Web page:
Nanotechnological solutions to combat Malaria

Najer, Adrian. Nanotechnological solutions to combat Malaria. 2016, PhD Thesis, University of Basel, Faculty of Science.

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Official URL: http://edoc.unibas.ch/diss/DissB_11791


Infectious diseases remain a major cause of death worldwide, despite enormous control efforts. A major problem in the context of antimicrobial drug resistance, which already leads to treatment failures, is the lack of novel antimicrobial drugs. Further, current and future control measures are threatened by the inexistence, unavailability, and failures of vaccines. In this regard, development of novel tools, including new antimicrobial drugs, vaccines, alternative drug/vaccine delivery systems, and other strategies, is urgently needed to keep up the fight against infectious diseases. Malaria is a typical example of an infectious disease to which the above-mentioned problems apply. This disease is caused by Plasmodium spp. parasites that are transmitted by Anopheles mosquitoes. The life cycle of malaria parasites in humans involves a blood stage cycle that is responsible for disease pathogenesis and includes continuous red blood cell (RBC) invasion, asexual multiplication, and subsequent egress of parasites back into the bloodstream.
In this thesis, two alternative nanotechnological strategies aimed at the malaria blood stage cycle are presented. Both of these strategies are considered valuable alternatives for malaria treatment/prophylaxis compared to conventional drug treatment and experimental vaccination schemes. The first ‘nanomimic strategy’ aims for a dual drug- and "vaccine-like" action using RBC membrane-mimicking nanostructures, termed ‘nanomimics’. The drug action is the inhibition of parasite invasion into RBCs by these nanomimics. "Vaccine-like" activity is achieved through generation of an immune response by exposed extracellular parasites bound to nanomimics as obtained during the drug action. Several amphiphilic block copolymers were designed and synthesized that contain a RBC receptor molecule that is known to be used by the parasite to attach to RBCs. These functional block copolymers were mixed with another type of block copolymer to prepare polymer vesicles (polymersomes) by self-assembly, which served as nanomimics and giant RBC membrane models. Highly potent invasion-inhibitory nanomimics were realized following this procedure as determined by in vitro assays using malaria blood stage cultures in suspension. Further analyses revealed binding of multiple nanomimics to one parasite and multivalent, high-affinity interaction of receptor molecules on nanomimics with a corresponding parasite ligand. Potential adverse effects of nanomimics related to cellular toxicity, anticoagulation property, and endotoxin contamination, were found to be negligible. Preliminary tests on the second "vaccine-like" activity point in a promising direction, but this needs to be further studied in more detail. A potential application of nanomimics is treatment and immune boost for children having one of their first infections, in order to induce protection from subsequent infections. Furthermore, many human pathogens use the same receptor molecule to interact with target cells that is currently presented on the nanomimics prepared in the scope of this thesis. Therefore, the nanomimic strategy has the potential to be directly applied to other infectious diseases, too.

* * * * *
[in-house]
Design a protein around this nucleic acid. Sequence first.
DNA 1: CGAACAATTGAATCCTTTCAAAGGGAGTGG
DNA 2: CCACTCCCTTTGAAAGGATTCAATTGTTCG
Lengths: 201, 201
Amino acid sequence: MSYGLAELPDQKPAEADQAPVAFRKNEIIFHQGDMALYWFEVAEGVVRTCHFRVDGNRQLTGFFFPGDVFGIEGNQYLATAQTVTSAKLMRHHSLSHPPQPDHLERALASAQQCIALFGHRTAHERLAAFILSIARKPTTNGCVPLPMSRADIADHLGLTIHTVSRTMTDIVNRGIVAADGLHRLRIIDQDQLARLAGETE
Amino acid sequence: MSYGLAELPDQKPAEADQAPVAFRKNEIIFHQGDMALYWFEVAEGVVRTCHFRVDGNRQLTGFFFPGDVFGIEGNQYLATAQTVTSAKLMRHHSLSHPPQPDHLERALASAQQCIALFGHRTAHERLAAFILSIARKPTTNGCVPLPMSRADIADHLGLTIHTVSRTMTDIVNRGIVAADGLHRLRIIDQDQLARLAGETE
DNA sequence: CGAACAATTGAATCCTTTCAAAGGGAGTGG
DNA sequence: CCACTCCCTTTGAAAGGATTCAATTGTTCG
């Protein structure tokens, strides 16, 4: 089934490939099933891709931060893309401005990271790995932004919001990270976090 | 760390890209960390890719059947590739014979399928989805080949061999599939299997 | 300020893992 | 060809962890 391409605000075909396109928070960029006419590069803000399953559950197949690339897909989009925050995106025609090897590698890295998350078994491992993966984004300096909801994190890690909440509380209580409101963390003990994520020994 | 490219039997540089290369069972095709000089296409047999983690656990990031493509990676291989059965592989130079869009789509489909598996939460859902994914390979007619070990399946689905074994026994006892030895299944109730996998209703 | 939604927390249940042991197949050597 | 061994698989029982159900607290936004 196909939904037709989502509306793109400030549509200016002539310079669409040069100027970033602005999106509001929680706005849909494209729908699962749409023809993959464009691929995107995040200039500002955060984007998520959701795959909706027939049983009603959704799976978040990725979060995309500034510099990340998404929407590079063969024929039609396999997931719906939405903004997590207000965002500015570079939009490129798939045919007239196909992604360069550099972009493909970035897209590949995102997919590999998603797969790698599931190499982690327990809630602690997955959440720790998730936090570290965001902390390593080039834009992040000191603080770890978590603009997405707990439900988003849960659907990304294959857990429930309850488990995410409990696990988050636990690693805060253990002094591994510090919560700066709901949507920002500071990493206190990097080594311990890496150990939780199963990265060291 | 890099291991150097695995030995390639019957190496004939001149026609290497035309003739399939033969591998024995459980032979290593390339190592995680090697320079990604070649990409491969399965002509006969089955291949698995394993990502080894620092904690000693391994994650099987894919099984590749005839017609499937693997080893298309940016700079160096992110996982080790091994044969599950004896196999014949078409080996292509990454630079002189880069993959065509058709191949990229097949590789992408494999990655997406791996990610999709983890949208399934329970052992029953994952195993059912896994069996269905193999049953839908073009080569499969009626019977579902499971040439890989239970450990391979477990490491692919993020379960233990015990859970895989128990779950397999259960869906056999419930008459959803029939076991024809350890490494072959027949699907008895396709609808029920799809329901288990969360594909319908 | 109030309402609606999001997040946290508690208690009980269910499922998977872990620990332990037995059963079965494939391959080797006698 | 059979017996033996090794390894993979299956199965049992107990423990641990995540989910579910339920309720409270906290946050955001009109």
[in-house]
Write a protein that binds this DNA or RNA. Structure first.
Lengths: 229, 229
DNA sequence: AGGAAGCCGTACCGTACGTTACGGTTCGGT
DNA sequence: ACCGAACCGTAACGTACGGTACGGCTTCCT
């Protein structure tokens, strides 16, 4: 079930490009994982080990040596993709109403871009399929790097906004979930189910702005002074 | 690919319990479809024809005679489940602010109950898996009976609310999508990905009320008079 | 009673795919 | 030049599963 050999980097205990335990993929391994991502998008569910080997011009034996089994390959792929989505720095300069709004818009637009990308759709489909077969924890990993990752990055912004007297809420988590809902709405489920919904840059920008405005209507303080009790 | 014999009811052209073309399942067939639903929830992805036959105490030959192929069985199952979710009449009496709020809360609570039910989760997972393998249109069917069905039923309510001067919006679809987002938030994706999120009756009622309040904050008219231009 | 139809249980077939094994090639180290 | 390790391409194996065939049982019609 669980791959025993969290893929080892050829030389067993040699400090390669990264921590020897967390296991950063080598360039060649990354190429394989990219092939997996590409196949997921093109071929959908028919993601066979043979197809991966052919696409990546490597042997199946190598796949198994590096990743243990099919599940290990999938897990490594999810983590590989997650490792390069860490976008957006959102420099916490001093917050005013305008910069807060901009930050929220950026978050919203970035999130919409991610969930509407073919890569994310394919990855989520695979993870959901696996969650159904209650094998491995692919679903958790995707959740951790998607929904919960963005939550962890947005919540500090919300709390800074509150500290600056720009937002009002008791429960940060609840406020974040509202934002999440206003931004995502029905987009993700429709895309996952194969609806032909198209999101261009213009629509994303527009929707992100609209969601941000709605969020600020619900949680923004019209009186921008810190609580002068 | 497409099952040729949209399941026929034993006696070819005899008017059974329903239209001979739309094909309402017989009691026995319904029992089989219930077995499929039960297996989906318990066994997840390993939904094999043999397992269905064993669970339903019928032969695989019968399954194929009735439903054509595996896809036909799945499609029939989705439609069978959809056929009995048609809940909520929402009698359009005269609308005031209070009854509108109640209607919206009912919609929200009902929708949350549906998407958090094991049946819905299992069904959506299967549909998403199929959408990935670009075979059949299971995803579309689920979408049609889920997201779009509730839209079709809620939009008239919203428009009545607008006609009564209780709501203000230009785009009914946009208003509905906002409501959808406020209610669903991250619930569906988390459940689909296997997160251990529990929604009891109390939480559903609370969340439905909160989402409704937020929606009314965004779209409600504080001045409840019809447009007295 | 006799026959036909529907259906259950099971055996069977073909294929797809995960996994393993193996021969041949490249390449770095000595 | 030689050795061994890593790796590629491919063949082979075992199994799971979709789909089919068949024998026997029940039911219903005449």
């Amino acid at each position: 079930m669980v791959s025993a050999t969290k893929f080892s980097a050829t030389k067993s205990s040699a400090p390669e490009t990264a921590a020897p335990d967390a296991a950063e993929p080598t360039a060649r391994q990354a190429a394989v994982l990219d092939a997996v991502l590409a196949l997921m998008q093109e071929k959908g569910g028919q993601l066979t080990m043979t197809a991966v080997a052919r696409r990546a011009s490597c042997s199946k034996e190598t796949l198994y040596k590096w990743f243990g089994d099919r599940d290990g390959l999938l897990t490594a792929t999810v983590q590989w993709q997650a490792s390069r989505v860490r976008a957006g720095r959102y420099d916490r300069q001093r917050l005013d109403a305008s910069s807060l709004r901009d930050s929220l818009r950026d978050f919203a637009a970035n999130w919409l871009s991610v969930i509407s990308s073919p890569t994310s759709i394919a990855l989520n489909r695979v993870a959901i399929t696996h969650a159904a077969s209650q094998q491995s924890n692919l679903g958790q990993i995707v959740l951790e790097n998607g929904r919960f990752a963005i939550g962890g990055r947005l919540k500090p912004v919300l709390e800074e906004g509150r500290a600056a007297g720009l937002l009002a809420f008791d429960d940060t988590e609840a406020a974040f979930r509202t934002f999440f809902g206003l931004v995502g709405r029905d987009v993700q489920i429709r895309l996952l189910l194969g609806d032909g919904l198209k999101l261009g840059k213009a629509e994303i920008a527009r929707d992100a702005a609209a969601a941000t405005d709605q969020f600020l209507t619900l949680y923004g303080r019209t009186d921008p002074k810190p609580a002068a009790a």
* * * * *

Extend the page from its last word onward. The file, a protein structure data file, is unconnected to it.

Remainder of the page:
In the second approach, the delivery of a poorly soluble, metabolically instable antimalarial drug candidate to Plasmodium-infected RBCs (iRBCs) using functional nanoparticles was examined. For this purpose, a reduction-responsive, degradable, polymeric nanoparticle platform was successfully designed and applied. The highly reducing cytosol environment of iRBCs acts as the trigger for nanoparticle disassembly and subsequent drug release. In contrast, these loaded nanoparticles were stable in extracellular environments. This drug delivery platform is promising in tackling antimalarial resistance, and to deliver any hydrophobic antimicrobial drug candidate at early development stages to corresponding diseased cells.
Advisors:Meier, Wolfgang P. and Palivan, Cornelia G. and Beck, Hans-Peter and Pandit, Abhay
Faculties and Departments:05 Faculty of Science > Departement Pharmazeutische Wissenschaften > Pharmazie > Klinische Pharmazie/Spitalpharmazie (Meier)
Item Type:Thesis
Thesis no:11791
Bibsysno:Link to catalogue
Number of Pages:1 Online-Ressource (XII, 156 Seiten)
Identification Number:
Last Modified:23 Sep 2016 09:28
Deposited On:23 Sep 2016 09:28

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